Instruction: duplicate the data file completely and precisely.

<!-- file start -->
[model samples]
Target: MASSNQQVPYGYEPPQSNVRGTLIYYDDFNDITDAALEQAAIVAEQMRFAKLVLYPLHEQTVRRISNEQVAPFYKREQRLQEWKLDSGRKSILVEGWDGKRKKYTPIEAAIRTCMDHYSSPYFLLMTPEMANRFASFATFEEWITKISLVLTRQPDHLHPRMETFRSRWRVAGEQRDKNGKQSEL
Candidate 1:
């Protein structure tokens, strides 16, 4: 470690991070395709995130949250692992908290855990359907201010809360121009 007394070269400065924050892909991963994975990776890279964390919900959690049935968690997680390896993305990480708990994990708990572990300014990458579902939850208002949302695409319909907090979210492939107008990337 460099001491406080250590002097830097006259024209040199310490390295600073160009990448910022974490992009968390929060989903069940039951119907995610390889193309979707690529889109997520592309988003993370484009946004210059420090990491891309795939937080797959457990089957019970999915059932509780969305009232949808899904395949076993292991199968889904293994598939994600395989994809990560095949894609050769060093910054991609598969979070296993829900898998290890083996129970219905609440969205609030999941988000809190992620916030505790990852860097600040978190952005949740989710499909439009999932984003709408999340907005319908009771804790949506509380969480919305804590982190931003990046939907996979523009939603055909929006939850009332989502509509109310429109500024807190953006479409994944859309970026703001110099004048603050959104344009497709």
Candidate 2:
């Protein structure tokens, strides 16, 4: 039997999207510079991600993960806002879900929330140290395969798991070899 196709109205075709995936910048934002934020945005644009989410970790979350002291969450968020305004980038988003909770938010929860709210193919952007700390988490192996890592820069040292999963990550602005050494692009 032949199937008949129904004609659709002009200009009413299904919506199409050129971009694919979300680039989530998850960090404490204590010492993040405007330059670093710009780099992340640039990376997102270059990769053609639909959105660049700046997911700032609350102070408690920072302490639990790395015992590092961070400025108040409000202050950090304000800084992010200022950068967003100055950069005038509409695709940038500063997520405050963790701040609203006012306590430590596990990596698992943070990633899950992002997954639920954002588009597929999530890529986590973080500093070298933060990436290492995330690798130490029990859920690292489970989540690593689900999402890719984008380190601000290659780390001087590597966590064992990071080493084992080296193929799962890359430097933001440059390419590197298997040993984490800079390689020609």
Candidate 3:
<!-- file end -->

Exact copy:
[model samples]
Target: MASSNQQVPYGYEPPQSNVRGTLIYYDDFNDITDAALEQAAIVAEQMRFAKLVLYPLHEQTVRRISNEQVAPFYKREQRLQEWKLDSGRKSILVEGWDGKRKKYTPIEAAIRTCMDHYSSPYFLLMTPEMANRFASFATFEEWITKISLVLTRQPDHLHPRMETFRSRWRVAGEQRDKNGKQSEL
Candidate 1:
């Protein structure tokens, strides 16, 4: 470690991070395709995130949250692992908290855990359907201010809360121009 007394070269400065924050892909991963994975990776890279964390919900959690049935968690997680390896993305990480708990994990708990572990300014990458579902939850208002949302695409319909907090979210492939107008990337 460099001491406080250590002097830097006259024209040199310490390295600073160009990448910022974490992009968390929060989903069940039951119907995610390889193309979707690529889109997520592309988003993370484009946004210059420090990491891309795939937080797959457990089957019970999915059932509780969305009232949808899904395949076993292991199968889904293994598939994600395989994809990560095949894609050769060093910054991609598969979070296993829900898998290890083996129970219905609440969205609030999941988000809190992620916030505790990852860097600040978190952005949740989710499909439009999932984003709408999340907005319908009771804790949506509380969480919305804590982190931003990046939907996979523009939603055909929006939850009332989502509509109310429109500024807190953006479409994944859309970026703001110099004048603050959104344009497709």
Candidate 2:
């Protein structure tokens, strides 16, 4: 039997999207510079991600993960806002879900929330140290395969798991070899 196709109205075709995936910048934002934020945005644009989410970790979350002291969450968020305004980038988003909770938010929860709210193919952007700390988490192996890592820069040292999963990550602005050494692009 032949199937008949129904004609659709002009200009009413299904919506199409050129971009694919979300680039989530998850960090404490204590010492993040405007330059670093710009780099992340640039990376997102270059990769053609639909959105660049700046997911700032609350102070408690920072302490639990790395015992590092961070400025108040409000202050950090304000800084992010200022950068967003100055950069005038509409695709940038500063997520405050963790701040609203006012306590430590596990990596698992943070990633899950992002997954639920954002588009597929999530890529986590973080500093070298933060990436290492995330690798130490029990859920690292489970989540690593689900999402890719984008380190601000290659780390001087590597966590064992990071080493084992080296193929799962890359430097933001440059390419590197298997040993984490800079390689020609």
Candidate 3: